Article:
Tuesday, 30 December 2008

John Coltrane...

Well, here we are. December not yet done and 10,000 visitors clocked-up without resorting to any desperate measures to lure in the visitors. Considering that this blog is two-and-a-half years old that's not a great amount of 'hits', but concerning its self as it does with some pretty obscure subject matter, and offering no free downloads, it isn't too bad really.

Christmas passed without further worsening of our ailments, and a nice time was had by all. I've just started on the latest batch of reviews for the magazine, and in between times I'm keeping busy building flat-pack furniture from Ikea and setting up data bases for the sheer hell of it on Bento 2. Louise is honing her skills as an electrician, and so far remains unfrazzled.

Amongst the latest batch of CDs to review is a monumental 2CD set by Henry Grimes, playing an uninterrupted bass and violin solo performance lasting almost 3 hours. Giantism, a feat of endurance, and some times hard work for this listener. Neverthless, I like it.

Time to get back to posting more reviews, and to finish off the year I'll go for something a little bit different. The following is a book review, or more accurately two book reviews. Only the Ratliff section was actually published, so here I'm presenting the piece in its entirety, 'for the first time', as they say.

John Coltrane, That should guarantee a few more 'hits'...



Coltrane: The Story Of A Sound
By Ben Ratliff
Hardcover 250pp Faber & Faber; ISBN-13: 978-0-374-12606-3

The John Coltrane Reference
Chris DeVito, Yashuhiro Fujioka, Wolf Schmaler and David Wild and edited by Lewis Porter.
Hardcover 848pp Routledge; ISBN-13: 978-0-415-97755-5

Author Ben Ratliff wasn’t even born when Coltrane died in 1967, aged just 40. Despite already carving out an impressive and enviable niche as a music correspondent for the New York Times, he doesn’t even turn 40 himself until next year. Why is this important? Well, unlike writers who were there to witness Coltrane emerge and evolve, Ratliff has a certain critical distance that allows him to approach the subject in something of a post-Coltrane manner. With so much received wisdom - sometimes bordering on mythology or worship - surrounding this musical giant, a fresh perspective is no bad thing.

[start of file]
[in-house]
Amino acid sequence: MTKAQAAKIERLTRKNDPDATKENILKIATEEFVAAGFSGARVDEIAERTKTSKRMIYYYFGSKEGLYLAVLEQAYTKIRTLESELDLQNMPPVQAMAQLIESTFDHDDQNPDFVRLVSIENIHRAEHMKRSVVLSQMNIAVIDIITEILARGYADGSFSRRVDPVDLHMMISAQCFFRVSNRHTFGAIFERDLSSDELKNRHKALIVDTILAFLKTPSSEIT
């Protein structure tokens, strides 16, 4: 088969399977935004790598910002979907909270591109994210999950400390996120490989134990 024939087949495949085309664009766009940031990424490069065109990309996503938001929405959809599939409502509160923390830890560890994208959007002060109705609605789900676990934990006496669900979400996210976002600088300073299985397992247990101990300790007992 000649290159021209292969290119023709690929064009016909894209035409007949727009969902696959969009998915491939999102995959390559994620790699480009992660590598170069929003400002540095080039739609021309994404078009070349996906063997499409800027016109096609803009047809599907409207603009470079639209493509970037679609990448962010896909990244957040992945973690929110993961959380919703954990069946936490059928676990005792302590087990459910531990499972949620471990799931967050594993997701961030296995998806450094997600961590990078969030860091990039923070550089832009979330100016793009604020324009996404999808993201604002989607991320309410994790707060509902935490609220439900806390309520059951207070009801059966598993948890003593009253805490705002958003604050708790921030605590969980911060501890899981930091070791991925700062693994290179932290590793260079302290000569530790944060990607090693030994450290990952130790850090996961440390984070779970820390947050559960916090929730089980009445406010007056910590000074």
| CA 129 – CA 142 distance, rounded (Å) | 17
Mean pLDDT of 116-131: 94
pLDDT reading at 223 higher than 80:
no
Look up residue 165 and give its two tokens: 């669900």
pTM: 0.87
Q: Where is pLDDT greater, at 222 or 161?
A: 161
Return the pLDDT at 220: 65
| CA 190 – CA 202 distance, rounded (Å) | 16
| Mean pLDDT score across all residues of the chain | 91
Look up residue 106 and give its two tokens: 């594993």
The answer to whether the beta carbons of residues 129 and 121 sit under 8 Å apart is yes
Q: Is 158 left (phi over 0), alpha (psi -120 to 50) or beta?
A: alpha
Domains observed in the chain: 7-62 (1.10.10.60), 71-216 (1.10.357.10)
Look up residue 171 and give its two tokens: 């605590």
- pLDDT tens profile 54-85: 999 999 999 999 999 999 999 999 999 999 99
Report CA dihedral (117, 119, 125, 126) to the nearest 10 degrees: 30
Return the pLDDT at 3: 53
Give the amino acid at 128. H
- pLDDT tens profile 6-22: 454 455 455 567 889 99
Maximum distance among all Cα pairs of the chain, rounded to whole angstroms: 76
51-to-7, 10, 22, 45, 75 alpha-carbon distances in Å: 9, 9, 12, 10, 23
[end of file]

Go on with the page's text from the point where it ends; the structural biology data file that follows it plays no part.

Ratliff sets out to tackle much of the froth head-on, offering as many new questions as answers. The book’s title gives a sizeable clue as to its purpose. Although structured chronologically, this is not a conventional biography. For that approach we have Lewis Porter, and if you want something lighter for the coffee table, Ashley Khan’s excellent overview of A Love Supreme is heartily recommended. Ratliff takes a middle road, tracing the evolution of Coltrane’s distinctive sound in what is best described as a critical and cultural study. Loosely structured as a book of two overlapping halves, the first offers a critical skip through Coltrane’s recorded legacy, illuminated with wider reference to external influences on his musical development. The second is devoted to the reception of the music within his lifetime - a journey from frequent hostility towards deification and an all-pervading posthumous influence on countless followers.

Ratliff, as a music critic, is in a descriptive business, and although an engaging writer, he wisely knows that nothing he writes will ever surpass Ira Gitler’s ‘sheets of sound’ to describe the late ‘50s chord stacking. What his book offers in spades is a persuasive discourse, underpinned by diligent research, with many insights into how Coltrane reached his various landmarks - practicing arpeggios from an exercise book written for harpists that were never intended to be played by saxophonists, for example. Coltrane was nothing if not a hard worker, as Ratliff’s often amusing anecdotes about the prodigious practice regime illustrate. The importance of his association with Monk gets a welcome analysis and is often over looked. Compared to the association with Miles Davis that followed, there is little recorded evidence available for us to listen to today despite the many hours they spent together gigging. His description of the hothouse learning that was their residency at The Five Spot in the summer of 1957 is just one of many valuable and memorable sections in the book.

Where I feel that Ratliff sometimes falls down is in the more subjective side of his analysis. His view that it has taken thirty years to achieve a mainstream rapprochement between jazz pre and post ‘New Thing’ is debateable. This may well be true of the American experience, but in Europe it took less than a decade for Jarrett, Garbarek and the nascent ECM sound to reach the popular consciousness. That said, subjectivity goes with the terrain in any critical study, and I’d rather read a book that engages and challenges. By and large, much of what Ratliff presents in this book chimed with me.